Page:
Corey asks a stupendous question:

“What would be a good way to even out dynamics in a quieter section, AND louder section, of a song without all sections of the song ending up the same volume? It seems like there should be an easier way than automating the compressors threshold on every track.”

First things first. Compression isn’t always the answer.

While I LOVE what compression can do for a track or a mix, I also know that it’s not a miracle worker, and there are other things to consider before you start making that compressor work overtime.

With that, here are four ways to balance out the loud and soft parts of a song (and yes, compression is a part of the equation):

1. Start With Instrumentation

Sometimes a song doesn’t work simply because the instrumentation is off.

Going from a whisper-quiet classical guitar to a heavy metal thrash-fest generally doesn’t work.

That’s not to say you shouldn’t work contrast and dynamic changes in to your songs (you definitely should), but if you make the changes TOO dramatic, you might have a hard time getting them to balance nicely in the mix.

So, for example, try adding in a piano and maybe some soft electric guitar swells to that classical guitar to get its energy level up…to prepare you for the thrashing that’s about to come.

2. The Volume Fader – The Unsung Hero

I say this a lot, but the better you get at setting levels in your mix, the less problems you’ll have.

There are SO many times that I’ve solved a mix issue simply by adjusting the faders and balancing the tracks a little better.

3. Don’t Forget About Automation

Compression is a great tool, but sometimes automating the volume of a track (or a mix) can give you better results.

In other words, simply turn up the quieter parts of the song to get them closer in volume to the louder parts.

4. Compress the Louder Parts

There’s this idea out there that the mix bus compressor needs to be working at all times, even on the quieter parts. Well hang on a second.

Set the compressor to do it’s thing on the louder sections, knocking off a few dB of gain reduction, but then leave the quieter parts alone (i.e. below the threshold).

By allowing the compressor to turn down the loud parts, you’re essentially turning UP the quieter parts.

But don’t ignore steps 1-3.

And when you get to compression, knowing HOW to set up that compressor is uber important.

I’ve gotcha covered. Check out Understanding Compression:

  • Andre

    Automation is my nemesis at the moment, unfortunately. I find it tedious and annoying to write. Any tips and tricks on how to automate effectively?

    • Hmm…one thing I like to do is automate sections, so I’ll select an entire verse and turn it up or down by a few dB. I don’t do a lot of “riding the fader.”

      • Andre

        I do that a lot too. I make the verses softer and the choruses louder. The thing is that sometimes its not a question of automating the whole section,,,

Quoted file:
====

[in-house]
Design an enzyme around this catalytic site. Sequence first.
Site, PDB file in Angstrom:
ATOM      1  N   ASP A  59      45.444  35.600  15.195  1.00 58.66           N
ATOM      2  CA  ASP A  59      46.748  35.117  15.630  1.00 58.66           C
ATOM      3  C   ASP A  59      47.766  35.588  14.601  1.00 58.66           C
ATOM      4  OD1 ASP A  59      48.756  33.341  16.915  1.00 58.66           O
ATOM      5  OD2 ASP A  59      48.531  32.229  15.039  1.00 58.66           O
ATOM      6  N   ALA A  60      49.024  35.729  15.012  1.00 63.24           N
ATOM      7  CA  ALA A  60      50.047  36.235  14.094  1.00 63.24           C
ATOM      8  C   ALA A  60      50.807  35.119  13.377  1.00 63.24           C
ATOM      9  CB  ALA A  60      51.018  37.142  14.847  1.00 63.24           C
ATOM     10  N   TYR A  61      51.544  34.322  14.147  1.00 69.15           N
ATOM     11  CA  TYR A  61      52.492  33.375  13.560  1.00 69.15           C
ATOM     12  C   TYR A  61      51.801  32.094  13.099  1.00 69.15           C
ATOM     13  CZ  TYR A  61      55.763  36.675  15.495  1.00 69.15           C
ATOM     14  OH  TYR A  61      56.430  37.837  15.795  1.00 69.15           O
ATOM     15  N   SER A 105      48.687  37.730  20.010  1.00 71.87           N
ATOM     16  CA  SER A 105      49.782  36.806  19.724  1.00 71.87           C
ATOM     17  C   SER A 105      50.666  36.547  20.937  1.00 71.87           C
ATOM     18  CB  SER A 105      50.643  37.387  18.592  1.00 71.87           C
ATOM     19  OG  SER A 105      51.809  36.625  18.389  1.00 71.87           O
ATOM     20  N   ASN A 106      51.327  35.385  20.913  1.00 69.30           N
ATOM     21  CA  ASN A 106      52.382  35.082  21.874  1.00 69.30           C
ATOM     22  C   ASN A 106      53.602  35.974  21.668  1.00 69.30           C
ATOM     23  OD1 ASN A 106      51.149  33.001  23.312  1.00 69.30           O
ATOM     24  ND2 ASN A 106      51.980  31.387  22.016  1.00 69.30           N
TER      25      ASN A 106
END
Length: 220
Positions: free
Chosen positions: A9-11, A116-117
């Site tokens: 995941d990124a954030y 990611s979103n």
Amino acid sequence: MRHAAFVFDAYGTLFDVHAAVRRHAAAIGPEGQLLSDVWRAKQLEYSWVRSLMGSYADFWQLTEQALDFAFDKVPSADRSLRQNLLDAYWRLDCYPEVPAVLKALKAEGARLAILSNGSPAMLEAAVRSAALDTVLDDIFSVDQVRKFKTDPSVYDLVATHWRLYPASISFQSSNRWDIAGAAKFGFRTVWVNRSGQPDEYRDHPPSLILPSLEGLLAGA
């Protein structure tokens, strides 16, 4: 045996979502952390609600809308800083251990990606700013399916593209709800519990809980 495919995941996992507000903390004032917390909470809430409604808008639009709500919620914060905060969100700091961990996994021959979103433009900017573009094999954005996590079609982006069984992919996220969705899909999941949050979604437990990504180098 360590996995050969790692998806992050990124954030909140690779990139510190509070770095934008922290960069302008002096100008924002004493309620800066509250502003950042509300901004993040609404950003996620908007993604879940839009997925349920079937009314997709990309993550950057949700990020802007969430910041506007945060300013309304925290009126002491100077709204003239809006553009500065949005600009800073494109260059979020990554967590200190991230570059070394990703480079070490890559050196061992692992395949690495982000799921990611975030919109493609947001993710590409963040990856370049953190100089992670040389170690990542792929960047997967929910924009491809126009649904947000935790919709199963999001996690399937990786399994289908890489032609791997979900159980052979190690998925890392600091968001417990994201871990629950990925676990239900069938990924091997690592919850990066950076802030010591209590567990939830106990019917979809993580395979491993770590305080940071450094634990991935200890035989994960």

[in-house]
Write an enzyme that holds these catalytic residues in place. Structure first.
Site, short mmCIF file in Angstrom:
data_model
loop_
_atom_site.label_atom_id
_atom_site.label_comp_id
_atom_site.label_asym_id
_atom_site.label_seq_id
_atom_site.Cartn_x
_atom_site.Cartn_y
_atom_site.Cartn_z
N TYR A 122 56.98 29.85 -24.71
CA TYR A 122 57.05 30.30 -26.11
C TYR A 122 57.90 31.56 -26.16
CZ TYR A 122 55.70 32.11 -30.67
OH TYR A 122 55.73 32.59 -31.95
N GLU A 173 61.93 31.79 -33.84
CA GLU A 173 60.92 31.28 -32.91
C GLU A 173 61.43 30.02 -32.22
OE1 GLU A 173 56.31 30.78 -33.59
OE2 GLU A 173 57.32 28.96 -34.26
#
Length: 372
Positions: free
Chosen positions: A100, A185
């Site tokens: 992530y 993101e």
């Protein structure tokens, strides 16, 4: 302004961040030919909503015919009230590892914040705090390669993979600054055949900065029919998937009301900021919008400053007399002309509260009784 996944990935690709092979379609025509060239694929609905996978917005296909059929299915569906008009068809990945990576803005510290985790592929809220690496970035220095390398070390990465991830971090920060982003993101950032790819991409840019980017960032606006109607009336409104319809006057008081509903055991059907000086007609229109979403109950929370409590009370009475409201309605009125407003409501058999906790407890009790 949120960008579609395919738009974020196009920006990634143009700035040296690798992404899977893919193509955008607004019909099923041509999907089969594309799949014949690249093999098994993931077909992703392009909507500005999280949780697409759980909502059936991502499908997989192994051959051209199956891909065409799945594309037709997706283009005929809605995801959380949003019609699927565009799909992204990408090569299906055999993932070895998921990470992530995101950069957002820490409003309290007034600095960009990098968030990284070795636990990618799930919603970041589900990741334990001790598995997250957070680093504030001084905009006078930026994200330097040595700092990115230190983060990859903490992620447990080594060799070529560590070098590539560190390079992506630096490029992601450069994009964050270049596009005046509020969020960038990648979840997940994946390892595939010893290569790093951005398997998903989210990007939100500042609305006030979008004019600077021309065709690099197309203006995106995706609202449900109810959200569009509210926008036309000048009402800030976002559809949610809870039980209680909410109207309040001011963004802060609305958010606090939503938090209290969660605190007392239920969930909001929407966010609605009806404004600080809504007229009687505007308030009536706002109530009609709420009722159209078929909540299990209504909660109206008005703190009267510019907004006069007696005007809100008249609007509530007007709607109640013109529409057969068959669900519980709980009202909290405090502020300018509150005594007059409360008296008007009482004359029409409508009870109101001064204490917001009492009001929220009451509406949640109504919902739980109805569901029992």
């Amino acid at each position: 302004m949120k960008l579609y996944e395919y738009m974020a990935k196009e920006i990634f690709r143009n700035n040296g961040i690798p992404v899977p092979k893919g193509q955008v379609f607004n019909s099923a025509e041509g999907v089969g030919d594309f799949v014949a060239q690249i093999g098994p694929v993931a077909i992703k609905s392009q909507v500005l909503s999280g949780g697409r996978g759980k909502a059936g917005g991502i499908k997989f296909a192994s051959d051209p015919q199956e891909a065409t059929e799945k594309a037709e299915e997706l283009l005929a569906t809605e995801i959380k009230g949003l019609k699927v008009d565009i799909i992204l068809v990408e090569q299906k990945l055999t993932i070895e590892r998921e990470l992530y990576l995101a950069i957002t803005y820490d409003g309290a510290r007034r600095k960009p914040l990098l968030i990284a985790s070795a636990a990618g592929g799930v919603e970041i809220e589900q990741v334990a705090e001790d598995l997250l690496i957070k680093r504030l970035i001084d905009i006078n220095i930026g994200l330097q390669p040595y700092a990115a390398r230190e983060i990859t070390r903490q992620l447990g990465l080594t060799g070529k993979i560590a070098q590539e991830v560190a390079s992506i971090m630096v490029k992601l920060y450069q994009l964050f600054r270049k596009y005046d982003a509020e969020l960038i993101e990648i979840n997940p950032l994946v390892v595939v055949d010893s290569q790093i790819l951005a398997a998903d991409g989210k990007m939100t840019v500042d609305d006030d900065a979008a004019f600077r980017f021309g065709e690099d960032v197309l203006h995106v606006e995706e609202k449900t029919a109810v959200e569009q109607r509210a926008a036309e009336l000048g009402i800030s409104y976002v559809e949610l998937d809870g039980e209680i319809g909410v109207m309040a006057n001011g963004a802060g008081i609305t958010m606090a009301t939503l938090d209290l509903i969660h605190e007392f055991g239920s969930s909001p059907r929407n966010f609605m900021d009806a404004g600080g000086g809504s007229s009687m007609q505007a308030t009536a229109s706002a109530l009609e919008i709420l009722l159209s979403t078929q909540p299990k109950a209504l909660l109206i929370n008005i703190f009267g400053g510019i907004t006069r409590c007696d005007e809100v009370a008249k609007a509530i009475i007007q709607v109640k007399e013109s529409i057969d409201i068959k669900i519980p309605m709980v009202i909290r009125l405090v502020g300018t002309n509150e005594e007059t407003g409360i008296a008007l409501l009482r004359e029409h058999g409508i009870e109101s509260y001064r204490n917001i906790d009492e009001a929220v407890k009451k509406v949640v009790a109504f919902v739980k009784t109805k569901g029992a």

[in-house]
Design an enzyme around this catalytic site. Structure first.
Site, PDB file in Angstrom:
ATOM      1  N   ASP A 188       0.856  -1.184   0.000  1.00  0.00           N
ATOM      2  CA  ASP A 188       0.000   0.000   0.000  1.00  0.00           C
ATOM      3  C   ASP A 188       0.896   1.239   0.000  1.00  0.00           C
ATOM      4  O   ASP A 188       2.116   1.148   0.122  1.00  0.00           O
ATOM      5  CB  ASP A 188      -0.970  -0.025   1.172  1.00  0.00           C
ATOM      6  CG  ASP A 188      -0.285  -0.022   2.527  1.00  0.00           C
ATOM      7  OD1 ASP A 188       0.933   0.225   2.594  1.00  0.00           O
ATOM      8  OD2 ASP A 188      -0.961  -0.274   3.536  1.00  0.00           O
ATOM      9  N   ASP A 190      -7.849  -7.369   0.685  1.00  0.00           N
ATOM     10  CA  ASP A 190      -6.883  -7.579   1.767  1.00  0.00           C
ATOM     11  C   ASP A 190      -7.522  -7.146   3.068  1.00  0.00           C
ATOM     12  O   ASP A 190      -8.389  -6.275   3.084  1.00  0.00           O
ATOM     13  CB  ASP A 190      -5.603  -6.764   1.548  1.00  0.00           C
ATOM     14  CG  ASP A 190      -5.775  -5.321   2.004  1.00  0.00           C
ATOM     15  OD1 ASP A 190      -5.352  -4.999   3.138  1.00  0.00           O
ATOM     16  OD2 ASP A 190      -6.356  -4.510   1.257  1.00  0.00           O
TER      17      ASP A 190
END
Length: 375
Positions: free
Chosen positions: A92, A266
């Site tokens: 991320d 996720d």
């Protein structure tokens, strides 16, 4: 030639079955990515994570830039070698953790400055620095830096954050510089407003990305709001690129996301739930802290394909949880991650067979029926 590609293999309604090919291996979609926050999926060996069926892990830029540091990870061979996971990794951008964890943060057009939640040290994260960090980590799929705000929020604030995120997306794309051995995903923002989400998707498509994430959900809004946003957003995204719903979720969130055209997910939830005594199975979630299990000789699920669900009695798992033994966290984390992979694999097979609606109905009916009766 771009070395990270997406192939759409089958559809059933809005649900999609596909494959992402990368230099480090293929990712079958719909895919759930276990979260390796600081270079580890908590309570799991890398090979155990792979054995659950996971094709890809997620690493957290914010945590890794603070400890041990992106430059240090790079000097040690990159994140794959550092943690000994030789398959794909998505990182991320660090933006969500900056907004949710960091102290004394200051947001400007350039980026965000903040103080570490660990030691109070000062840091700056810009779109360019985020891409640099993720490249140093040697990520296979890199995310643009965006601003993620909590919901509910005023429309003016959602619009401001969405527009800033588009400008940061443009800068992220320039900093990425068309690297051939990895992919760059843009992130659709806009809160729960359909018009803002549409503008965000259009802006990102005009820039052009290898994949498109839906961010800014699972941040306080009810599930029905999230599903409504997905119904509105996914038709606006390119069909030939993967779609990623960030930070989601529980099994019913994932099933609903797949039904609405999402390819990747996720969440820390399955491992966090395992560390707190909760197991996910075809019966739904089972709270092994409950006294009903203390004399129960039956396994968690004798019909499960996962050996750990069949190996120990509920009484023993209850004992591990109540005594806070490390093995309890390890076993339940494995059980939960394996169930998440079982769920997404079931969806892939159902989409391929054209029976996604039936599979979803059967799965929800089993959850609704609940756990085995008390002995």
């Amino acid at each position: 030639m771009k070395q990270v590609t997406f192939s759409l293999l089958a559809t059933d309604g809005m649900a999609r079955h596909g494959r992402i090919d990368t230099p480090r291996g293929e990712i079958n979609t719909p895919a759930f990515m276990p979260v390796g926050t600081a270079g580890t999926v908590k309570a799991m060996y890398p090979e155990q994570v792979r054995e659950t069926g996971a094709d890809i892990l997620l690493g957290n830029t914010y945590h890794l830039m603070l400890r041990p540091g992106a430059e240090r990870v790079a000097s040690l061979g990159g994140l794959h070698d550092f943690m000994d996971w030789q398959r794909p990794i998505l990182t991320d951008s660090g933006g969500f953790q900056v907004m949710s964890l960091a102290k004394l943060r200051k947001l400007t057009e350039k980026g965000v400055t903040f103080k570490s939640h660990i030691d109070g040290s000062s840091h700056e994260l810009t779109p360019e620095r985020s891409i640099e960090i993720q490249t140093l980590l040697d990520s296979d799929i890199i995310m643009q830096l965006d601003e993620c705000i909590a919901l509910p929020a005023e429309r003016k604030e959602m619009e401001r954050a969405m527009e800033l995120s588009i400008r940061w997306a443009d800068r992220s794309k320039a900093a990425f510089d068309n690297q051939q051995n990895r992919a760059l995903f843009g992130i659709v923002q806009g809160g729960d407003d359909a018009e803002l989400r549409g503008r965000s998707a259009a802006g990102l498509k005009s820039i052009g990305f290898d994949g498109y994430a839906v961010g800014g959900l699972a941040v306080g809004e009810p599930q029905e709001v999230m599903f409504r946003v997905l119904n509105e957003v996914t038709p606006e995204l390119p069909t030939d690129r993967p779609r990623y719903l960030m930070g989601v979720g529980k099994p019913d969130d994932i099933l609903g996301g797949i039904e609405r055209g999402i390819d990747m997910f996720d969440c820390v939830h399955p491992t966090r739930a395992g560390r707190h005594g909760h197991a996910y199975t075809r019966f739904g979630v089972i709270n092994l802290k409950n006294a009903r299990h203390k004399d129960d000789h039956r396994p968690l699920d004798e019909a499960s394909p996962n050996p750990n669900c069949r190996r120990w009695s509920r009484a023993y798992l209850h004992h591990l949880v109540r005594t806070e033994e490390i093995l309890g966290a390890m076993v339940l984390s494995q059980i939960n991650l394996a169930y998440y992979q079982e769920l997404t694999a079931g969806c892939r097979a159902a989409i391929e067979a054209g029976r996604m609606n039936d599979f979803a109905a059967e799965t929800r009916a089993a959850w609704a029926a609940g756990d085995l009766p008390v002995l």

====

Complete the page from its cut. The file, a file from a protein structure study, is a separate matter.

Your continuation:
Recently I mixed a black metal song – really dense arrangement, not much dynamic range and everything going at 100 miles an hour throughout. I got reasonable separation and most of the levels where I wanted them to be, but the snare was disappearing every time there was a blast beat section. So it was not a question of automating the entire section, I needed only the snare to be louder at certain points.

        I guess most of what I’m after is stuff like “Where do you start the automation?” and whether you should use groups. Like I realised just now that if I had grouped the snare top and snare bottom and automated the group instead of the individual tracks that would have been way easier than automating the two individual tracks…

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  • This is really relevant to one of the songs on the album I just finished. It’s a really dynamic ballad-like song overall, starting with some soft crooning low-gain electric guitars, and climaxing with a wall of high-gain rhythm guitars and strings. It sounded awesome, but when I went to actually master it in the context of the rest of the album, I found it was too quiet to start, so I had to go back to the mix since I didn’t want to squash the whole song with compression just to volume match the rest of the album.

    Ultimately, automation became my best friend and I was able to bring the different sections a little closer together in volume, while still retaining the dynamics that make the song move the way I wanted it to move.

    • I’m glad you went back and used automation than just squashing the crap out of it. 🙂

  • Andrew

    I use Automation Lately since there are so many things you can do with Automation and make it sound all “natural” in my opinion as oppose to compression (it’s boring though Lol, but I can ride a fader ALL DAY).

    I think I’ve been backing down on compression lately and only using it for “VERY SLIGHT” Dynamic control or a SLIGHT Gel to the track(s) to get a “commercialized sound” (I Like knocking off a Db or 2).

    Other than that, Cymbal swells (Like Joe’s Freebies that are Royalty Free! So Check them out!!!!) and a couple of “Transitional parts/build ups” like a Tambourine on the chorus sections only can sound nice if you want to add dynamics to a song! =)

    • Andrew!! Good to have you back, buddy.

      You’re totally right, automation is a great (and often underused tool) but it’s also super tedious at times.
      And for those of you wondering, those free cymbal swells are here:

  • Smurf

    I guess I am old school, but I would rather go thru and MANUALLY turn up the sections that are too soft, or turn down the sections that are too loud. One new “feature” of PT is something that has been around for years, even in a free DAW like the Kristal Audio Engine, and that is the ability to split/break/slice a section and adjust the volume of only THAT section.